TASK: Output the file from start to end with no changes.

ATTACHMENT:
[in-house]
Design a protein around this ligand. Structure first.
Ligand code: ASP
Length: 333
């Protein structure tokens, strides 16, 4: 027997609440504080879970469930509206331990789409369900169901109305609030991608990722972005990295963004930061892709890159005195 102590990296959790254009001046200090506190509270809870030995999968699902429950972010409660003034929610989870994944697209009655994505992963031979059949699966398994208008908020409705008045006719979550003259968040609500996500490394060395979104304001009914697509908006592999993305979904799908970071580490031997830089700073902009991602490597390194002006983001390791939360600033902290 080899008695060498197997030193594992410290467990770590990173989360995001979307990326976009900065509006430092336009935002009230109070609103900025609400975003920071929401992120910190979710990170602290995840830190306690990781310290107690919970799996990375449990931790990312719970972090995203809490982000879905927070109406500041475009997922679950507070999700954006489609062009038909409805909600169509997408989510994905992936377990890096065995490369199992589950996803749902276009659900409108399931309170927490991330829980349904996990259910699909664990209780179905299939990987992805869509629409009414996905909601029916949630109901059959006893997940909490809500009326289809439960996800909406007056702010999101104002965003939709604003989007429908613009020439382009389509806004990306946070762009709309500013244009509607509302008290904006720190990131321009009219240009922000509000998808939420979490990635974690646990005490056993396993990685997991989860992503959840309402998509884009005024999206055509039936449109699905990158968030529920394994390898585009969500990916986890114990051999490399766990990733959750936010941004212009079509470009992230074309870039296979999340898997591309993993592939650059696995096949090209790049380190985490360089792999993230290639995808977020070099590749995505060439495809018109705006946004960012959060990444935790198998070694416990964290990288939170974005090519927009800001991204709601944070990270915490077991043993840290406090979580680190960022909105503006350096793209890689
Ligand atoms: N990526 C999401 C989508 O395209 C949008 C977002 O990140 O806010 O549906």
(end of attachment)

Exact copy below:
[in-house]
Design a protein around this ligand. Structure first.
Ligand code: ASP
Length: 333
């Protein structure tokens, strides 16, 4: 027997609440504080879970469930509206331990789409369900169901109305609030991608990722972005990295963004930061892709890159005195 102590990296959790254009001046200090506190509270809870030995999968699902429950972010409660003034929610989870994944697209009655994505992963031979059949699966398994208008908020409705008045006719979550003259968040609500996500490394060395979104304001009914697509908006592999993305979904799908970071580490031997830089700073902009991602490597390194002006983001390791939360600033902290 080899008695060498197997030193594992410290467990770590990173989360995001979307990326976009900065509006430092336009935002009230109070609103900025609400975003920071929401992120910190979710990170602290995840830190306690990781310290107690919970799996990375449990931790990312719970972090995203809490982000879905927070109406500041475009997922679950507070999700954006489609062009038909409805909600169509997408989510994905992936377990890096065995490369199992589950996803749902276009659900409108399931309170927490991330829980349904996990259910699909664990209780179905299939990987992805869509629409009414996905909601029916949630109901059959006893997940909490809500009326289809439960996800909406007056702010999101104002965003939709604003989007429908613009020439382009389509806004990306946070762009709309500013244009509607509302008290904006720190990131321009009219240009922000509000998808939420979490990635974690646990005490056993396993990685997991989860992503959840309402998509884009005024999206055509039936449109699905990158968030529920394994390898585009969500990916986890114990051999490399766990990733959750936010941004212009079509470009992230074309870039296979999340898997591309993993592939650059696995096949090209790049380190985490360089792999993230290639995808977020070099590749995505060439495809018109705006946004960012959060990444935790198998070694416990964290990288939170974005090519927009800001991204709601944070990270915490077991043993840290406090979580680190960022909105503006350096793209890689
Ligand atoms: N990526 C999401 C989508 O395209 C949008 C977002 O990140 O806010 O549906």